Q. How does the return loss at the output of a frequency doubler vary as input power changes?
A. Return loss is influenced by how hard the diodes are driven in their conducting state. As input power to the frequency doubler is reduced, the impedance will increase. It is possible, as it increases, to notice an important decrease in VSWR or return loss; as input power is further reduced, return loss will degrade. Thus return loss is a function of the input signal level fed to the frequency doubler.
Q. What is meant by the conversion loss of a frequency doubler?
A. The conversion loss is the difference in power at the output of the frequency doubler (the second harmonic) compared to the power applied to the input (fundamental) in dB. The conversion loss will vary as a function of the power and frequency applied to the input of the doubler.
Q. What is the spectrum at the output of a frequency doubler?
A. Since the frequency doubler operates in a non-linear state, its output contains harmonics of the applied fundamental signal. The amount of odd-order harmonics is a function of the symmetry of the diodes when conducting at each half cycle of the input signal. Basically, all harmonics, including the fundamental, will appear at the output. Each even-order harmonic will appear approximately 12 dB lower than its previous even-order harmonic; for example, the 6th harmonic is about 12 dB lower than the 4th.
Q. Can I use a frequency doubler as a quadrupler?
A. Yes, by making use of the fourth harmonic rather than second at the output. There are two disadvantages to consider, however. First, the fourth harmonic output level is 12 dB lower than the second. Also, the harmonics closest to the fourth (the third and fifth) must be reduced, this could complicate filter requirements.
Q. Suppose I need a tripler. Can I somehow use a frequency doubler?
A. Use a different type of frequency multiplier, such as a comb generator or a Class-C amplifier.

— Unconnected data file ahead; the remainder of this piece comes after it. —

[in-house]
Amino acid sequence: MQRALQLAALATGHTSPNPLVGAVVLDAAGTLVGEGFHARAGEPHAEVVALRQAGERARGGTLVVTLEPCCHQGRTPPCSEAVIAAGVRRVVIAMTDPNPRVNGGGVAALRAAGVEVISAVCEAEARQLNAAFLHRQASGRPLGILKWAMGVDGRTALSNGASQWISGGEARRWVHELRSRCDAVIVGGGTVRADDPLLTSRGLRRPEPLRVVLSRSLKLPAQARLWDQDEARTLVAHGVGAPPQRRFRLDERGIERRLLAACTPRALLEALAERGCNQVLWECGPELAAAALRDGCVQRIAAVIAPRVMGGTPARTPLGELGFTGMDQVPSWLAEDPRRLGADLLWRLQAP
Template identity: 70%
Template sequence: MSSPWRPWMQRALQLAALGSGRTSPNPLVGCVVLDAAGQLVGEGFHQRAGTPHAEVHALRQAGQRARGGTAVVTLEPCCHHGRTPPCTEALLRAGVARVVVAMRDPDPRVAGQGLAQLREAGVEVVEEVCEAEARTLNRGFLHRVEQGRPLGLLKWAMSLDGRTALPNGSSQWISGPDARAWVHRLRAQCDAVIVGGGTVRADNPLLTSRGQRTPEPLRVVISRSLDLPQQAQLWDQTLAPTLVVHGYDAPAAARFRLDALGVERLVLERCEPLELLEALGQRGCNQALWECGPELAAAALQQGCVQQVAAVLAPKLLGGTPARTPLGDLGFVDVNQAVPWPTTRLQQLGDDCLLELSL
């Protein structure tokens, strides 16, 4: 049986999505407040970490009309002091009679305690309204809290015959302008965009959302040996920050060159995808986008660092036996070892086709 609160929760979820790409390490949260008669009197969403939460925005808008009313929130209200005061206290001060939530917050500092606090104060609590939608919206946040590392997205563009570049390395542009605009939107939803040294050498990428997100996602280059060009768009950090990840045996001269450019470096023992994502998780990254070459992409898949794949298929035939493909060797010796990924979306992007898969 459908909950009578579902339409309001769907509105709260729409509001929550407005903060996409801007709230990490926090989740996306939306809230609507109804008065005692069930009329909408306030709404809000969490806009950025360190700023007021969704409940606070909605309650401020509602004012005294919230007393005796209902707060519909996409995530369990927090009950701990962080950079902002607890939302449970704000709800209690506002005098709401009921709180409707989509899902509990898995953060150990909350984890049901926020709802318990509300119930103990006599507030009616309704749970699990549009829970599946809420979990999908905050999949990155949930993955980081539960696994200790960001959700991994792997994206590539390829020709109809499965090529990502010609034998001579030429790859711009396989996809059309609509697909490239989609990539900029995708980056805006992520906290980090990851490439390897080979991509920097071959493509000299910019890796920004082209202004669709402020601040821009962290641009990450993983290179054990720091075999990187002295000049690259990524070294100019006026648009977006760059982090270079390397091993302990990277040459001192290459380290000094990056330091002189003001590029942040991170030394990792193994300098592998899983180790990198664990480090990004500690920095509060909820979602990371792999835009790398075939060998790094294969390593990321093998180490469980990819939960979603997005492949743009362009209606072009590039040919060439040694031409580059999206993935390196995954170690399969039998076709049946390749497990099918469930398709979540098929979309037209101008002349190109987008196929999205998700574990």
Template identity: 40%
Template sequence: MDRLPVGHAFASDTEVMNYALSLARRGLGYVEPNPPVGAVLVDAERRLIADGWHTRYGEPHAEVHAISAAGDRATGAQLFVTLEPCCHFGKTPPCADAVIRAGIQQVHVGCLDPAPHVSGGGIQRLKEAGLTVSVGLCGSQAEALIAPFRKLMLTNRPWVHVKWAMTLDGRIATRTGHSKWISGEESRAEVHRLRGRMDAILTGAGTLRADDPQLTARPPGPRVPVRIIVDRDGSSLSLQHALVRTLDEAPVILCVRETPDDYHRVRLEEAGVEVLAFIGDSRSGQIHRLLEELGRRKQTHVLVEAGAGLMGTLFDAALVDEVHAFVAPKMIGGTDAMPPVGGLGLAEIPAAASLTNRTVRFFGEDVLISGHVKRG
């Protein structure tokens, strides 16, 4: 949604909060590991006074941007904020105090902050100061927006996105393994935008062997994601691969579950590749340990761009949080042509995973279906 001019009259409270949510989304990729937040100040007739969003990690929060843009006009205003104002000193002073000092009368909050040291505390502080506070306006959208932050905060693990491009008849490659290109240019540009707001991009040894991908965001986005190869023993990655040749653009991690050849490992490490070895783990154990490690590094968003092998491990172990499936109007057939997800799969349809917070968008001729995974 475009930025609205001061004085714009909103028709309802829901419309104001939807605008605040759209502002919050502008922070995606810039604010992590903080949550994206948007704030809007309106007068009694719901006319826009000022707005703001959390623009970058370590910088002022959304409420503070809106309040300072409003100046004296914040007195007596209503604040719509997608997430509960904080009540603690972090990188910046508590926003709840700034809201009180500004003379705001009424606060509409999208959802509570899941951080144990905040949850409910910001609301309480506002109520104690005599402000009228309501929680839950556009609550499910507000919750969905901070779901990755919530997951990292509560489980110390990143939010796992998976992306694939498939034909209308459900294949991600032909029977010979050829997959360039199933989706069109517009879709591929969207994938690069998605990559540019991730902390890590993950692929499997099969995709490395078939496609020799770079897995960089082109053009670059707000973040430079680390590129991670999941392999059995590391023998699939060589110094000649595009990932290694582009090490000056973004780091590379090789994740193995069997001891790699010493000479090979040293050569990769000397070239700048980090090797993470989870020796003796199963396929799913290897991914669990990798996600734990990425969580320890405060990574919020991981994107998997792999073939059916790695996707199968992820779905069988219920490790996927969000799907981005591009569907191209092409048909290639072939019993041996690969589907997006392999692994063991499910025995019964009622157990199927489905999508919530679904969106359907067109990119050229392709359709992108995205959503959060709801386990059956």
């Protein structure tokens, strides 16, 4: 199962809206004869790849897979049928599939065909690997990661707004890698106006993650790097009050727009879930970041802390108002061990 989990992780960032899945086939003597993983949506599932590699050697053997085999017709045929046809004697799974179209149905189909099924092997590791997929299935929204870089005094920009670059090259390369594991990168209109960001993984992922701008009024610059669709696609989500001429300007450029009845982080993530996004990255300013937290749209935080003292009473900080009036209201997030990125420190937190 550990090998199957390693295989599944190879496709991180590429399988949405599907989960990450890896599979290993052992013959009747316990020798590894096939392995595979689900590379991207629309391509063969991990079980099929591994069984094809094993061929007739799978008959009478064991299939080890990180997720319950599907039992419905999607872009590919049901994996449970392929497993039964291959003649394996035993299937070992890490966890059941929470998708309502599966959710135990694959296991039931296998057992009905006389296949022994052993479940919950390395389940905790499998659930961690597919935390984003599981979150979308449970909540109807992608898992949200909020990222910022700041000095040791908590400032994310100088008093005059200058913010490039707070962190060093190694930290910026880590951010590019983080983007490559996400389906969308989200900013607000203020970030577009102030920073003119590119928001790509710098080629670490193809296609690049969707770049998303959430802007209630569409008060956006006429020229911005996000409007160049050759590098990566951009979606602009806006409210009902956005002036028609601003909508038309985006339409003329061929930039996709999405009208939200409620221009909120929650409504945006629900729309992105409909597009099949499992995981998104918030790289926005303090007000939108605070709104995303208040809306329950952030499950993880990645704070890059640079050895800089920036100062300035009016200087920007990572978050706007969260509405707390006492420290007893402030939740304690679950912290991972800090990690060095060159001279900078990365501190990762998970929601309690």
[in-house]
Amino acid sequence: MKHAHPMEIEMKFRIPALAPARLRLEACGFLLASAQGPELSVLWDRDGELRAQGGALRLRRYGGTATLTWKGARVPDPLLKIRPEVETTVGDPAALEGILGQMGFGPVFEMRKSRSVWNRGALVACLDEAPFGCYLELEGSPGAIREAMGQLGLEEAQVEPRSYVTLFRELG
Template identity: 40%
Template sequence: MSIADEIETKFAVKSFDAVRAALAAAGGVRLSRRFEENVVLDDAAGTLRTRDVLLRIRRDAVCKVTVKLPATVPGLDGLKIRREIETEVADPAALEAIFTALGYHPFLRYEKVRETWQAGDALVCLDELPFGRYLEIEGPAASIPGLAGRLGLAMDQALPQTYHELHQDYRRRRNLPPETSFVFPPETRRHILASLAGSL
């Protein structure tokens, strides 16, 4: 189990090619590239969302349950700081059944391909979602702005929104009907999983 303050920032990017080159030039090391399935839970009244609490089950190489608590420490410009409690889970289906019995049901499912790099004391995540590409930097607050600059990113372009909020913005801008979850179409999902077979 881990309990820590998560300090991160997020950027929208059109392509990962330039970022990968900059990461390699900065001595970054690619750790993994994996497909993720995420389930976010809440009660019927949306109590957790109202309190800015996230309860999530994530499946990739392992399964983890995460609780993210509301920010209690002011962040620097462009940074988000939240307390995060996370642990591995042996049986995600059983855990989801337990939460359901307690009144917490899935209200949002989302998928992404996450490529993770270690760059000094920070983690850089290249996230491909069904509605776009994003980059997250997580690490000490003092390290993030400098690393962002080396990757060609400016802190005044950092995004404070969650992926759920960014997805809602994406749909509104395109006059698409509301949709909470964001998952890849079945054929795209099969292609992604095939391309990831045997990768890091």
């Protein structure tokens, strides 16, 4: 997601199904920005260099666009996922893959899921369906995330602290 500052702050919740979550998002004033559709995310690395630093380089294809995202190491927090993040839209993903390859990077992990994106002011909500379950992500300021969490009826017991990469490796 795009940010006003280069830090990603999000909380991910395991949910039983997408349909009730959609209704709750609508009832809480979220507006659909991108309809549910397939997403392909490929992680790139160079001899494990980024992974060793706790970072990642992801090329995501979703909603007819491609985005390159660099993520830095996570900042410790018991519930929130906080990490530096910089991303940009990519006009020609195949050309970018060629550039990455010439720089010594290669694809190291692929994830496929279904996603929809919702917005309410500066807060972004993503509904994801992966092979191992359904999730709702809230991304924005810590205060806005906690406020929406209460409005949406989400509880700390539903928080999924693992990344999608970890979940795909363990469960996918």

Q. Will there be a change in the amount of harmonics generated by the frequence doubler as input power is varied?
A. No. The harmonics will remain the same but the power level associated with each harmonic will change as input level is varied.
Q. What happens to the output of a frequency doubler when it is driven too hard?
A. Think of a frequency doubler as a mixer with the same frequency signal applied to both the RF and IF ports; sum and difference frequency signals will appear at the output. When excessive signal level is applied, the frequency doubler will operate in heavy saturation, and higher-order harmonics will be greater in amplitude relative to the desired second-harmonic. In addition, the second harmonic output will not increase in linear proportion to the input so that effective conversion loss would be higher. Make sure the input power to the frequency doubler is within the power range specified for optimal performance.
Q. Can the input waveform be other than a sine wave?
A. Yes, a frequency doubler will operate with various input wave shapes. However, a square wave would probably provide higher efficiency since it would drive the device harder into its conducting and non-conducting state.
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